Assorted developments in palaeoanthropology

The notion that Neanderthals were dim and brutish compared with us continues to be undermined, but although their brain capacity was as large and in some cases distinctly larger than that of fully modern humans, its shape was significantly different; longer towards the rear than our more rounded brain. Studies of a Neanderthal baby and three children reveal that just after birth the Neanderthal brain was virtually identical to that of fully modern babies, i.e. elongate, but remains so in childhood through to maturity, whereas modern children’s brains develop towards the roundness of adults. Consequently, there must have been differences in the parts of the brain from which aspects of behaviour stem: Neanderthals almost certainly behaved differently from us both in childhood and as adults (Harvati, K. et al. 2010. Evolution of middle-late Pleistocene human cranio-facial form: a 3-D approach. Journal of Human Evolution, v. 59, p. 445-464. See also: Gibbons, A. 2010. Neandertal brain growth shows a head start for moderns. Science, v. 330, p. 900-901).

The now widely accepted hypothesis that modern humans did not begin to leave Africa to colonise Eurasia until about 60 ka may be under threat from reports of what seem to be fully modern human remains in China dated to ~105 ka (Liu, W. et al. 2010. Human remains from Zhirendong, South China, and modern human emergence in East Asia. Proceedings of the National Academy of the US, v. 107, p. 19201-19206). The dating appears to be sound, being based on the uranium-series (230Th) method applied to flowstone that rests on top of the sedimentary layer containing the remains in Zhirendong cave. The precipitated calcite layer completely sealed in the fossils as soon as it began to form about 105 ka ago, indicating that they are older still. Whether or not the remains are of fully modern humans is uncertain. Had they been found in Europe there would be little doubt about their affinities, the only other contemporary hominins being the Neanderthals. The problem in South China is that it was inhabited by H. erectus and the finds may be from ‘late’ members of that archaic species which arrived more than a million years earlier than fully modern humans. Judging by the DNA evidence for three interfertile hominin genetic groups cohabiting Eurasia, there is a host of possibilities for the Zhirendong fossils. One line of evidence that does not rule out that they are fully modern is the occurrence of stone tools more advanced than used by Asian H. erectus beneath the 74 ka Toba volcanic ash in India. It seems inevitable that these remains will be tried for DNA sequencing

See also: Dennell, R. 2010. Early Homo sapiens in China. Nature, v. 468, 512-513

It is well accepted that as with all forms of life the twists and turns in hominin evolution was surely tuned by changes in their environments. But that is not just linked to the immediate milieu of individuals: environments change on all scales up to that of the entire planet and reflect physical as well as biological processes. The largest scales are generally assumed to be the province of climate change, yet animals also occupy a landscape subject to geophysical forces such as tectonics and erosion. Geoffrey Bailey and Geoffrey King of the University of York, UK and the Institute de Physique du Globe in Paris, France have championed the view that water supplies and topography, for example, are just as influential over hominin evolution as interspecies competition and changing vegetation patterns for almost two decades. They have now put their ideas to rigorous tests (Bailey, G.N.& King, G.C., 2010 (in press) Dynamic landscapes and human dispersal patterns: Tectonics, coastlines, and the reconstruction of human habitats. Quaternary Science Reviews doi:10.1016/j.quascirev.2010.06.019). This fascinating and well illustrated paper correlates known hominin sites in Africa with variations in topography and its roughness, derived from global elevation data from the Shuttle Radar Topography Mission (SRTM), active seismicity, Neogene uplift and volcanicity.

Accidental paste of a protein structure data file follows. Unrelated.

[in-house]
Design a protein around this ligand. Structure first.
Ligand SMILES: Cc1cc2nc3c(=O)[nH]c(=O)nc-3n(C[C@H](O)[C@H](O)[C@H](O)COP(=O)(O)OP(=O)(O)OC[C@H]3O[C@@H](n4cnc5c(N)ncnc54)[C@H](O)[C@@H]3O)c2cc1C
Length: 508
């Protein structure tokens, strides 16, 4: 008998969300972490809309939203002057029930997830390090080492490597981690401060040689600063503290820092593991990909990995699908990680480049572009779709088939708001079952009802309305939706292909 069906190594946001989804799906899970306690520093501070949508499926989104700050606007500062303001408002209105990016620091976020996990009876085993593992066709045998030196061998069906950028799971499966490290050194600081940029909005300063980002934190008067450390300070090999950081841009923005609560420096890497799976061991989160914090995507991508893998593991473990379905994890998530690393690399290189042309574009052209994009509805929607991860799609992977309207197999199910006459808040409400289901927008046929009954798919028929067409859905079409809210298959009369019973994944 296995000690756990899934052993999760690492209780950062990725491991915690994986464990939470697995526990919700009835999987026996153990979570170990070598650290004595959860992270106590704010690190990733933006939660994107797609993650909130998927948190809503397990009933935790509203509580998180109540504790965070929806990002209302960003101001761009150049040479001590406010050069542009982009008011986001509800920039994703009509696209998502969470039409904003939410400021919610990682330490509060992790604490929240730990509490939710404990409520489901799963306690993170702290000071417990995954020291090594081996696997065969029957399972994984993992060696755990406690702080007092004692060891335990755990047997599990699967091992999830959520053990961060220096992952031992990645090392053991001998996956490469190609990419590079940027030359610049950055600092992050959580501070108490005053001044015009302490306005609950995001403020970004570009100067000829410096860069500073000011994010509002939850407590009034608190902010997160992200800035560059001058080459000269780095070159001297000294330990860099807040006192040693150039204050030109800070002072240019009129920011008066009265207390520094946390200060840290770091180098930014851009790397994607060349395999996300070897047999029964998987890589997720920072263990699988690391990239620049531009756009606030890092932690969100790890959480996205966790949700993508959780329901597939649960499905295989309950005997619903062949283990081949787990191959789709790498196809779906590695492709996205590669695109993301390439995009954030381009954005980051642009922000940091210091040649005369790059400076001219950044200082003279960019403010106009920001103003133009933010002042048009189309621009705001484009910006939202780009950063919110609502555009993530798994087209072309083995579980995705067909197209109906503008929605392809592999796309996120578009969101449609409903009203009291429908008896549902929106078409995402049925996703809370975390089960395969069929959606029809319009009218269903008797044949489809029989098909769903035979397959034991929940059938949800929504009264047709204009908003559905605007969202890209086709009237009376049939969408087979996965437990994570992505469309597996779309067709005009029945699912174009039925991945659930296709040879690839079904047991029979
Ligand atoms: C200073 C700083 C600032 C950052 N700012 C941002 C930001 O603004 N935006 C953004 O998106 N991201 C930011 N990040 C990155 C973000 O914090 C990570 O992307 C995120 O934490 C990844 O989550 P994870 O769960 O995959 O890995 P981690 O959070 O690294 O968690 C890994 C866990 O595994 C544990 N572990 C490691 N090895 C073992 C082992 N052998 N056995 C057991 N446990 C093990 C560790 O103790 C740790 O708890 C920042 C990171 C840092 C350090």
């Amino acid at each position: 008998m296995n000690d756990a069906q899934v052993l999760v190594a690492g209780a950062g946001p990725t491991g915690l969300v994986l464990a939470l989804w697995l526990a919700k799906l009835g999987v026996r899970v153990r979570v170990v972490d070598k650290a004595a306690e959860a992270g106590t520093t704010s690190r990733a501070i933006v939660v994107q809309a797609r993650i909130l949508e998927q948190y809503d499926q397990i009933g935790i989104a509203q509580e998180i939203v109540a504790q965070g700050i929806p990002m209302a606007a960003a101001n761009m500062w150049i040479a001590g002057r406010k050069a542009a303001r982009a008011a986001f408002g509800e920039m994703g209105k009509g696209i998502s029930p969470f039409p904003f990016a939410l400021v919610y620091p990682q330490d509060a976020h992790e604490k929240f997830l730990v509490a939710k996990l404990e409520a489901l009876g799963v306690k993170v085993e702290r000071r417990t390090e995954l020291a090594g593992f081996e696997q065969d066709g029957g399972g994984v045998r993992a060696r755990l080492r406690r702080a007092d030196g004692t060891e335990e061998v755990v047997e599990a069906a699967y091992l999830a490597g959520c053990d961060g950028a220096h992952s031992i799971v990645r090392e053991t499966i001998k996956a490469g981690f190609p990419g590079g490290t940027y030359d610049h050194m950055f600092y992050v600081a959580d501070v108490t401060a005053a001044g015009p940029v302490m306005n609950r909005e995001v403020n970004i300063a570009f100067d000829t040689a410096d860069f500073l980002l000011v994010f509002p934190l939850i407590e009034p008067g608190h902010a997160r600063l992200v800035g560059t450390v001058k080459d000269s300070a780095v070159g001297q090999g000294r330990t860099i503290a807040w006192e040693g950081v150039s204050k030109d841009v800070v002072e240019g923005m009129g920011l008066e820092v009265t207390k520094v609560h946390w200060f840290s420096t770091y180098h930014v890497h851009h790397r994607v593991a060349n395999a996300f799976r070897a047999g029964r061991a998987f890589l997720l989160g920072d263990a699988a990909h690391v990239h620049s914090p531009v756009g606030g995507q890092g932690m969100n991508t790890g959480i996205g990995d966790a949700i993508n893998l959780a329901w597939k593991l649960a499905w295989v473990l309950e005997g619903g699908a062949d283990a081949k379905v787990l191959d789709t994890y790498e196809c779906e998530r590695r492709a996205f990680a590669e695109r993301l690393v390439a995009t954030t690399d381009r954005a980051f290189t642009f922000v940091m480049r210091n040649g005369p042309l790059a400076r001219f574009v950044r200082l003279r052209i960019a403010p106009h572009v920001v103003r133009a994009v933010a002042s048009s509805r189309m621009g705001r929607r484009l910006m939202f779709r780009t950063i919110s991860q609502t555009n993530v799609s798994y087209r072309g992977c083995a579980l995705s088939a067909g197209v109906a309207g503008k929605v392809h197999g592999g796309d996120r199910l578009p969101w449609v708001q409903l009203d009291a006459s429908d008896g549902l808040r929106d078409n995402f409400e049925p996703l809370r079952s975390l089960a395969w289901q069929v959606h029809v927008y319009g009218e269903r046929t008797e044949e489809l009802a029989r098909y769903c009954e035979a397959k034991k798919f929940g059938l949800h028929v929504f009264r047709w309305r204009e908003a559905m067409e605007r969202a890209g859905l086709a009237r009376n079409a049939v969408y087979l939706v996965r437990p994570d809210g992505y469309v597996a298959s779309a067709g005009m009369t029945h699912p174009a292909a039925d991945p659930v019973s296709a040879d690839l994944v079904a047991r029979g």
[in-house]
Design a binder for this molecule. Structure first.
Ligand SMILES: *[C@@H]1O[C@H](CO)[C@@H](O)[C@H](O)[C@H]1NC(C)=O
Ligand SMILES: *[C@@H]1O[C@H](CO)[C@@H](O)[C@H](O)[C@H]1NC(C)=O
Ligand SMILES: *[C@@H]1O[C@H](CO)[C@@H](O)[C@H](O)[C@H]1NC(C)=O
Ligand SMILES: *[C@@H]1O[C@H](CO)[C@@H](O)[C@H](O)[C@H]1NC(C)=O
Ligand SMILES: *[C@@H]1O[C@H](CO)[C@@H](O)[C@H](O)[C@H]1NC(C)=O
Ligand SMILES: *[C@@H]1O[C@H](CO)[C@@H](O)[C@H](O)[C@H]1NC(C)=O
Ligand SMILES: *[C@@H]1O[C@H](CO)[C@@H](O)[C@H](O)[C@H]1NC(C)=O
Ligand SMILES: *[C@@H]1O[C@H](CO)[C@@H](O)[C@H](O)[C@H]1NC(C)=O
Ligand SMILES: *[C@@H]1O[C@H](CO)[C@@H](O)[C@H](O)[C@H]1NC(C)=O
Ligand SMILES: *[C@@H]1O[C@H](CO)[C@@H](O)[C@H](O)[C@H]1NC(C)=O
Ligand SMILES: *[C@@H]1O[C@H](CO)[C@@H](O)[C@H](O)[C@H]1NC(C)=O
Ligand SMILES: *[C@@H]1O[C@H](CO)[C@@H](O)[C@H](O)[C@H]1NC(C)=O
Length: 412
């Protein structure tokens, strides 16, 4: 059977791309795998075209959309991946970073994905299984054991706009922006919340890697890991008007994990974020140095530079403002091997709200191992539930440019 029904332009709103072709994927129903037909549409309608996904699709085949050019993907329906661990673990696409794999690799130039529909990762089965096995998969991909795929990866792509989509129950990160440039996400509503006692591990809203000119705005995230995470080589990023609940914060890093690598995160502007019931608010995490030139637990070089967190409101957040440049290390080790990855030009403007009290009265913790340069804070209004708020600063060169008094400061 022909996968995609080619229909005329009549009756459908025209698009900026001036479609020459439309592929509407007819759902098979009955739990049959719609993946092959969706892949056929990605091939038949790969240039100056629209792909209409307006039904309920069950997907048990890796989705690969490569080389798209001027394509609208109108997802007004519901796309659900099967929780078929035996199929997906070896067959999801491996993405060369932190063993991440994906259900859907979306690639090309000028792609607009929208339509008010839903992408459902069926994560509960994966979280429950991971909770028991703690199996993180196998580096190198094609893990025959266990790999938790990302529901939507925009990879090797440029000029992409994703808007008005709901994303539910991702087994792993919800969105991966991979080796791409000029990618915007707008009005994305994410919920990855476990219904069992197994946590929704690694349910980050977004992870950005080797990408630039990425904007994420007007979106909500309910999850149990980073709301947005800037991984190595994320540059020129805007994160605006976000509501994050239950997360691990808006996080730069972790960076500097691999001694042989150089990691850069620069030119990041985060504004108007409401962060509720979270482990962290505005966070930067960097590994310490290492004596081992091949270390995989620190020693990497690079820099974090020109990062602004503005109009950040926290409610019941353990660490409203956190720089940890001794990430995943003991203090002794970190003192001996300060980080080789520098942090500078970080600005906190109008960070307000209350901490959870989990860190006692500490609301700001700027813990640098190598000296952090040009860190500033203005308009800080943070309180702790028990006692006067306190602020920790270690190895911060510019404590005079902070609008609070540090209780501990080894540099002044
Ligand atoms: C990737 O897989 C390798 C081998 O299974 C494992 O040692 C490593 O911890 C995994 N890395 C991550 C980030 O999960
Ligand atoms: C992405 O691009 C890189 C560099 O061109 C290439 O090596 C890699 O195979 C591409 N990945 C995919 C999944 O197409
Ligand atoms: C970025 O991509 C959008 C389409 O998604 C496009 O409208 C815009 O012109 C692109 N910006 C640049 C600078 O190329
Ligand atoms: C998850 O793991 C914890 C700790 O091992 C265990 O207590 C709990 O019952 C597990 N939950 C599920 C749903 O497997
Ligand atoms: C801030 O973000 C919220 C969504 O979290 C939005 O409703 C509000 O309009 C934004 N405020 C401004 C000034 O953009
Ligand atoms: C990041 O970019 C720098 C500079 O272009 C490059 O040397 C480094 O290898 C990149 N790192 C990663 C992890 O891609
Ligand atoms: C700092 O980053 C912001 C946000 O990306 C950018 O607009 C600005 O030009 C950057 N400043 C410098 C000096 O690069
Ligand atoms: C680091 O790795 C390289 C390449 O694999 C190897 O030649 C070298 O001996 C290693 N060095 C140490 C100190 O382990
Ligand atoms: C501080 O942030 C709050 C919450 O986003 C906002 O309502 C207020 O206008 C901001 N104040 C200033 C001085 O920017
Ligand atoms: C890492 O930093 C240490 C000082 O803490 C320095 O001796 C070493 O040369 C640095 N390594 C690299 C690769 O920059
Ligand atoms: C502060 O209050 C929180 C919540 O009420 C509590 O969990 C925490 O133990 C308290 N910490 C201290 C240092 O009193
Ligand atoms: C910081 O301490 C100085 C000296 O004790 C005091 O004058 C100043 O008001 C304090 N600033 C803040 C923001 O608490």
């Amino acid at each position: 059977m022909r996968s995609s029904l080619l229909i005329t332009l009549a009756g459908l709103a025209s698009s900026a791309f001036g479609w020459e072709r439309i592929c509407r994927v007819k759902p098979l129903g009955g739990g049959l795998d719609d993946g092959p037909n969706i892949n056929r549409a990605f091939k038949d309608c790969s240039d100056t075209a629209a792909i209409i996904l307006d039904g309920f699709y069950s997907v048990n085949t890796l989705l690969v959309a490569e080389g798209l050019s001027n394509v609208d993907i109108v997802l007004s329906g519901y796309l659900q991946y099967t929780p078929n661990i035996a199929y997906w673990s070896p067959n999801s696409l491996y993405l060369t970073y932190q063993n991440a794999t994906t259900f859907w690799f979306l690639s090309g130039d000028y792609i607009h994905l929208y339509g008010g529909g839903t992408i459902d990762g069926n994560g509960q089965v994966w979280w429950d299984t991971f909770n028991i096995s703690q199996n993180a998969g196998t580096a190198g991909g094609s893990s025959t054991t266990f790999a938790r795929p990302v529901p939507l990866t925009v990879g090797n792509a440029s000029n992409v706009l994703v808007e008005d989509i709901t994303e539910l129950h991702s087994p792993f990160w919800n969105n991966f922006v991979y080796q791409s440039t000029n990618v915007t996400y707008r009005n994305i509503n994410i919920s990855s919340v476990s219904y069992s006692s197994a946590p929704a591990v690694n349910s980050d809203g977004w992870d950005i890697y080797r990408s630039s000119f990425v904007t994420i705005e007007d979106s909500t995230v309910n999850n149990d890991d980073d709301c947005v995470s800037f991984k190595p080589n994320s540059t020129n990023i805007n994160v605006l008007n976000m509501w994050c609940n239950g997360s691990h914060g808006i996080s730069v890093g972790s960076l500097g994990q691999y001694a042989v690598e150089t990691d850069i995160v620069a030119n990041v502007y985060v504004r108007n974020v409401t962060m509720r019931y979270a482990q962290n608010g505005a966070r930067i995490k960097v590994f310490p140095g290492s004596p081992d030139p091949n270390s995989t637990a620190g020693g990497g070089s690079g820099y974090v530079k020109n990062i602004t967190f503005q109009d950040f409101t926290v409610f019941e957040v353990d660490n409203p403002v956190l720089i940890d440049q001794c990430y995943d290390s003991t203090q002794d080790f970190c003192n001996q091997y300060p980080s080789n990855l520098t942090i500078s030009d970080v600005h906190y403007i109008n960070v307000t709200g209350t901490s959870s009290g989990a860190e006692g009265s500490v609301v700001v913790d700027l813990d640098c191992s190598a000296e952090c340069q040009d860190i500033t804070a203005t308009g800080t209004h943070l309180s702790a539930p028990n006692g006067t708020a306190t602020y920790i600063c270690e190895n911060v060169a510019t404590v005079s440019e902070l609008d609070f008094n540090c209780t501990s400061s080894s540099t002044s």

Perspective view of the Afar depression and en...

Afar Depression: a cradle of human evolution

They concentrate on the rich palaeoanthropological pickings of the Afar Depression and the Sterkfontein area of South Africa, applying their ideas and findings to the eastern coast of the Red Sea at the recently discovered Palaeolithic site of Harat Al Birk south of Jeddah, and the Red Sea islands that would have been connected to either side of the Red Sea during the last glacial maximum because of a 130 m lower sea level. This application is vital for directing searches for new site that relate to the pathways out of Africa for early modern humans. Though a largely empirical study, it forms a link between human evolution and geological and landscape change that is not yet widely grasped and linked to climate studies.

See also: Marshall, M. 2010. Evolution by shake, rattle and roll. New Scientist, v. 208 (13 November 2010), p. 8-9.

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